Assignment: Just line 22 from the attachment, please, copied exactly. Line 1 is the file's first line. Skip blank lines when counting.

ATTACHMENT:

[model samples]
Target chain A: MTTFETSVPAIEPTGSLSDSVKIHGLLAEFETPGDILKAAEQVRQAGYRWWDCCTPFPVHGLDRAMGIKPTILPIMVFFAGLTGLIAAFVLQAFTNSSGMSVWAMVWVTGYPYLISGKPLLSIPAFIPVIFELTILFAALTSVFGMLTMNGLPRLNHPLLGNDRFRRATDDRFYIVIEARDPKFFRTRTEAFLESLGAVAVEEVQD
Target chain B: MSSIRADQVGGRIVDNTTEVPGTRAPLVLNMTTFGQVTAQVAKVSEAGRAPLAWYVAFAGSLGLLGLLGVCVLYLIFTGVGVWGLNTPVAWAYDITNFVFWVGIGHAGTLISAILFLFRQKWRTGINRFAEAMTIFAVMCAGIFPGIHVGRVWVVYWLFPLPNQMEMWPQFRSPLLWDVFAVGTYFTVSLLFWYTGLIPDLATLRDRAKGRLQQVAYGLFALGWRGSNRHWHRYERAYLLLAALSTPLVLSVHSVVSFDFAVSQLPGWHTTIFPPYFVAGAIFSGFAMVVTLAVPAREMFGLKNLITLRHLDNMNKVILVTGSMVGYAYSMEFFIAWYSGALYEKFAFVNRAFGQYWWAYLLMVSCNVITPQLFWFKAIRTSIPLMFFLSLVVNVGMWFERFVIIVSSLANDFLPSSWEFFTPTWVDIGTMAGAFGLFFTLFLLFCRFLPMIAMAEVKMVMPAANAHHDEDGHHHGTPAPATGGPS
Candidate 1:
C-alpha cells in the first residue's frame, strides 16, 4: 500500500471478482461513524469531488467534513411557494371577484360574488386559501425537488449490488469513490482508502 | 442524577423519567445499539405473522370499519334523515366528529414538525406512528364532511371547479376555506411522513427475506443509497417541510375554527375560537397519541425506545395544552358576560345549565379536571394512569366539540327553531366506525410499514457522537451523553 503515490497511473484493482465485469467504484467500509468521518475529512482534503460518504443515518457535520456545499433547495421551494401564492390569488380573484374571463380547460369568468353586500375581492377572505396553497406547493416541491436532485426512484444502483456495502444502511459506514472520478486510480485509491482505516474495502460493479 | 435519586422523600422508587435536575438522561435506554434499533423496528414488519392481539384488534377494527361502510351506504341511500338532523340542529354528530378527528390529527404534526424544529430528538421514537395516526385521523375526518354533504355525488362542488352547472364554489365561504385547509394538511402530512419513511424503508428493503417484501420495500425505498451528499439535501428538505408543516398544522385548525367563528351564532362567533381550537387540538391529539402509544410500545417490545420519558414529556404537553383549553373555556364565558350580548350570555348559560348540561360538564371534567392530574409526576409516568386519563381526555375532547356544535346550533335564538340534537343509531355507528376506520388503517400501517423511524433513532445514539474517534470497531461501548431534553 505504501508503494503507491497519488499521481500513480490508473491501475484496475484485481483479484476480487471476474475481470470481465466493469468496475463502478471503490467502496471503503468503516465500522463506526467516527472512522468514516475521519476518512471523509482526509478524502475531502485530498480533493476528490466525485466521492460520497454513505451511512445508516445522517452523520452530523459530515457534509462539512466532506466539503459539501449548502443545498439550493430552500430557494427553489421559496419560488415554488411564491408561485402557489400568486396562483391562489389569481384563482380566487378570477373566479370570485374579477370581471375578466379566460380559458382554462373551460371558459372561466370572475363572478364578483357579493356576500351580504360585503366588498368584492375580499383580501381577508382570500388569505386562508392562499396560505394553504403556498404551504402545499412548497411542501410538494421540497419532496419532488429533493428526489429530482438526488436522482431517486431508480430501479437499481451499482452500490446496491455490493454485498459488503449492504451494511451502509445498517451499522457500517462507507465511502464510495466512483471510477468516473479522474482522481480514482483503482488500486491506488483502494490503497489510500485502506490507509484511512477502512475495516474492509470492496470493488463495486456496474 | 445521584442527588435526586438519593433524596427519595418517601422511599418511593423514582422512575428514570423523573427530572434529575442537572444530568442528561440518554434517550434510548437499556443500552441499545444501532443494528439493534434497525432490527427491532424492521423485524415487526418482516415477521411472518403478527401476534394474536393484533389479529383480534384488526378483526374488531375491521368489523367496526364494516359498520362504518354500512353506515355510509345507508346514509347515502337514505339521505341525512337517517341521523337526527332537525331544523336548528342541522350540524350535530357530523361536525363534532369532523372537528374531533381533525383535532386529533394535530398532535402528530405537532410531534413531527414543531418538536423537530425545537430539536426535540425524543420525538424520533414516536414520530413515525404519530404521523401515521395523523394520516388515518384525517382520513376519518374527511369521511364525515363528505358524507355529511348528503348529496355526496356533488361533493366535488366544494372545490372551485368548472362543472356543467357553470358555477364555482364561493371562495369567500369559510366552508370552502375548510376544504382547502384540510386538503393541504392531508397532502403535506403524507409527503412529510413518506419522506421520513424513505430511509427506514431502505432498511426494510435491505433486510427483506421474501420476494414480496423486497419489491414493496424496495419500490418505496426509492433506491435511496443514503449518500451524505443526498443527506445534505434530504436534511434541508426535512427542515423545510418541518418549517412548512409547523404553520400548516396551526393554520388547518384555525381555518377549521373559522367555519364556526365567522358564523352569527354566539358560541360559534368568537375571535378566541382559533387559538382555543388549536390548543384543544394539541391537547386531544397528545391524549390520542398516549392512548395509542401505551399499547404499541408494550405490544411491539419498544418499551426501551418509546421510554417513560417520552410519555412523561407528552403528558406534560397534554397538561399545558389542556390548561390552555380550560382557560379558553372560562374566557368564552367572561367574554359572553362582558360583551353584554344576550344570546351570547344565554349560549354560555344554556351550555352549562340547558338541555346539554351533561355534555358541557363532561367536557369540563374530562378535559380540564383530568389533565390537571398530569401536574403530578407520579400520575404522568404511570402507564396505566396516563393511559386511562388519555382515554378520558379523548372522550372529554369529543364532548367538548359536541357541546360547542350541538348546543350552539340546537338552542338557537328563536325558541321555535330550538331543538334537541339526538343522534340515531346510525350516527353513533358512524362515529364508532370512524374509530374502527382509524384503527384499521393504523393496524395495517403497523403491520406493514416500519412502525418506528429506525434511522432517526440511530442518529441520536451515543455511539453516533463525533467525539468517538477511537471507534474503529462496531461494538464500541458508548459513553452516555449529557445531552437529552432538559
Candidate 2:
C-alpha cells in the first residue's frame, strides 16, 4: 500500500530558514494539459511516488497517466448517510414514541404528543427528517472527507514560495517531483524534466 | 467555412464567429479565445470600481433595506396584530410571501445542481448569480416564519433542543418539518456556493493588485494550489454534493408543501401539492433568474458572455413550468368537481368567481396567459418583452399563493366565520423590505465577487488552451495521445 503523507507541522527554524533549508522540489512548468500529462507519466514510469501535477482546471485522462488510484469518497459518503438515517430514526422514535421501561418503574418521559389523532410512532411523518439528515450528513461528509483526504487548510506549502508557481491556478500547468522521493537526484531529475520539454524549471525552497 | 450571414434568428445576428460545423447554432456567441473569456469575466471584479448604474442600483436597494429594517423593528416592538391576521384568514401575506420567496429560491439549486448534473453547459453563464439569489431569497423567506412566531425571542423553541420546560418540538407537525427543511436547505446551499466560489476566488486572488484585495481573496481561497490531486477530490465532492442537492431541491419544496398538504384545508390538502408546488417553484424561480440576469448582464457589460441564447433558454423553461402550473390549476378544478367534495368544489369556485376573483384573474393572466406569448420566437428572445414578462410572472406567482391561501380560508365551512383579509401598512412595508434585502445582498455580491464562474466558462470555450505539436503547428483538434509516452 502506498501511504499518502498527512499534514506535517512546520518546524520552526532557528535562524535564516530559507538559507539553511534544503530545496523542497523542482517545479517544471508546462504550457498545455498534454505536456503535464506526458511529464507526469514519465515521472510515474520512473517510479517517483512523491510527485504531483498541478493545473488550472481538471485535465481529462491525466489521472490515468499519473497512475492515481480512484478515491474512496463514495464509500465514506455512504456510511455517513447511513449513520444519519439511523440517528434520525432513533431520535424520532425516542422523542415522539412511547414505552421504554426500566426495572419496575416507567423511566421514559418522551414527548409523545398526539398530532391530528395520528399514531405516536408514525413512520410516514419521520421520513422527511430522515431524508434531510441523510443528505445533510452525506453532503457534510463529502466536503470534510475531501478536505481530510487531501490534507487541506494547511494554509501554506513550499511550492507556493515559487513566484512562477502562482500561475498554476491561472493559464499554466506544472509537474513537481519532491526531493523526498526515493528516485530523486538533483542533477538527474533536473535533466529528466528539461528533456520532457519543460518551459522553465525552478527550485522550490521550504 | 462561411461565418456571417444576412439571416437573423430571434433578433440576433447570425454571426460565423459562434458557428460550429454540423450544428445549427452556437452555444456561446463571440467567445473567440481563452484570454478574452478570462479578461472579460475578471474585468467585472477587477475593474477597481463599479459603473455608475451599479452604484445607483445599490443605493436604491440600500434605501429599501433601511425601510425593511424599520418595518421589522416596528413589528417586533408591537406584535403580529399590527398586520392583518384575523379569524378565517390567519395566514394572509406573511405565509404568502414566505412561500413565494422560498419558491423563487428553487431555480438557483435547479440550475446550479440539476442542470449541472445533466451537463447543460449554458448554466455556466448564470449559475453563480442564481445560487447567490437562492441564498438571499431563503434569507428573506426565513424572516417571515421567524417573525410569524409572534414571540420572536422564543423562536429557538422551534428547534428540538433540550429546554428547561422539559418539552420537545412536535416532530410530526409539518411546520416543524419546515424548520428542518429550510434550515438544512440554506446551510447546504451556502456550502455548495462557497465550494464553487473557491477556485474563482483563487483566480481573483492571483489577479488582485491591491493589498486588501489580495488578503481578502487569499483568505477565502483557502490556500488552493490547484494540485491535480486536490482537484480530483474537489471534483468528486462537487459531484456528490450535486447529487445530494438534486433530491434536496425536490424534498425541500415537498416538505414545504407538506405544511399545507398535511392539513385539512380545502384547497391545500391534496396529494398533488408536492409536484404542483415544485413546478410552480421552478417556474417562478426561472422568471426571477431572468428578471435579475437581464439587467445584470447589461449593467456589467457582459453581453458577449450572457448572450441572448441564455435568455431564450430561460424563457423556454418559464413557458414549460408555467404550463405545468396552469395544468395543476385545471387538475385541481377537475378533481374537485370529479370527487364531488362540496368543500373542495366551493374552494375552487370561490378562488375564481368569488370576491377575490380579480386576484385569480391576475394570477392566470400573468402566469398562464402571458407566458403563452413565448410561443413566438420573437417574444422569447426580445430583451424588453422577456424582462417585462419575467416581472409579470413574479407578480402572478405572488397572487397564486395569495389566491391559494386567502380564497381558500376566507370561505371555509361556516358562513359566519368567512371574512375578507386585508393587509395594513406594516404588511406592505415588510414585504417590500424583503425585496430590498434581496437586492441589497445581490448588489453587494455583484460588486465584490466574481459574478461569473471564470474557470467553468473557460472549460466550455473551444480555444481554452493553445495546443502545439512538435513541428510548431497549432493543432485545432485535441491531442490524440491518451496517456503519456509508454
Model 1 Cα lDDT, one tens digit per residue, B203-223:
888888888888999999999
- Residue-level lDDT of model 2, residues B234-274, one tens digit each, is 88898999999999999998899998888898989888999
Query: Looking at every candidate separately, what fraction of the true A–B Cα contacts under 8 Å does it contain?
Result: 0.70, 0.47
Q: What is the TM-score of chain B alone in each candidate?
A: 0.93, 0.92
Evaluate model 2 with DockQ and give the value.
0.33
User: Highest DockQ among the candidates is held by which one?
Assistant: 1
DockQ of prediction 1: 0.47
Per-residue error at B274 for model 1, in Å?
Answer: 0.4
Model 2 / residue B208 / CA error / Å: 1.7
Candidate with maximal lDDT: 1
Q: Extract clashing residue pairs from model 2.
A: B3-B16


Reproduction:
Model 2 / residue B208 / CA error / Å: 1.7